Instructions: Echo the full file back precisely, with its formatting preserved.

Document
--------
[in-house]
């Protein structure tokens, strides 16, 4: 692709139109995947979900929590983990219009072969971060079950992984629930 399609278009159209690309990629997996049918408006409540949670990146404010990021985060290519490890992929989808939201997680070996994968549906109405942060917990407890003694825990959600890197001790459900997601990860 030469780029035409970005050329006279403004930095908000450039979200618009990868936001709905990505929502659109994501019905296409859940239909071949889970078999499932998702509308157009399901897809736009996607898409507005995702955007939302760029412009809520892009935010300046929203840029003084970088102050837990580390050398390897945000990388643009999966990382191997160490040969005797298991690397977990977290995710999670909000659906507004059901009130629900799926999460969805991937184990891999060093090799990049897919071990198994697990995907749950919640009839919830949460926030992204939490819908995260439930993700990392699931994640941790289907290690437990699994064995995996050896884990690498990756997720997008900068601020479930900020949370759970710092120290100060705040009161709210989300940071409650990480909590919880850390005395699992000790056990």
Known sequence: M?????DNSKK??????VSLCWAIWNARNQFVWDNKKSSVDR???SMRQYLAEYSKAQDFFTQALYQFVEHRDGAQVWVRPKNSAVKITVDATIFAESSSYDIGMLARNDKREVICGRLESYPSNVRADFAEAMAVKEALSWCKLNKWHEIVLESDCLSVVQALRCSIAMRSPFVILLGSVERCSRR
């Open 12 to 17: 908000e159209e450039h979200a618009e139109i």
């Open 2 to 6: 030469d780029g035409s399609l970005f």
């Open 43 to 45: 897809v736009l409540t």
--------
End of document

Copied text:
[in-house]
């Protein structure tokens, strides 16, 4: 692709139109995947979900929590983990219009072969971060079950992984629930 399609278009159209690309990629997996049918408006409540949670990146404010990021985060290519490890992929989808939201997680070996994968549906109405942060917990407890003694825990959600890197001790459900997601990860 030469780029035409970005050329006279403004930095908000450039979200618009990868936001709905990505929502659109994501019905296409859940239909071949889970078999499932998702509308157009399901897809736009996607898409507005995702955007939302760029412009809520892009935010300046929203840029003084970088102050837990580390050398390897945000990388643009999966990382191997160490040969005797298991690397977990977290995710999670909000659906507004059901009130629900799926999460969805991937184990891999060093090799990049897919071990198994697990995907749950919640009839919830949460926030992204939490819908995260439930993700990392699931994640941790289907290690437990699994064995995996050896884990690498990756997720997008900068601020479930900020949370759970710092120290100060705040009161709210989300940071409650990480909590919880850390005395699992000790056990």
Known sequence: M?????DNSKK??????VSLCWAIWNARNQFVWDNKKSSVDR???SMRQYLAEYSKAQDFFTQALYQFVEHRDGAQVWVRPKNSAVKITVDATIFAESSSYDIGMLARNDKREVICGRLESYPSNVRADFAEAMAVKEALSWCKLNKWHEIVLESDCLSVVQALRCSIAMRSPFVILLGSVERCSRR
């Open 12 to 17: 908000e159209e450039h979200a618009e139109i």
């Open 2 to 6: 030469d780029g035409s399609l970005f």
């Open 43 to 45: 897809v736009l409540t």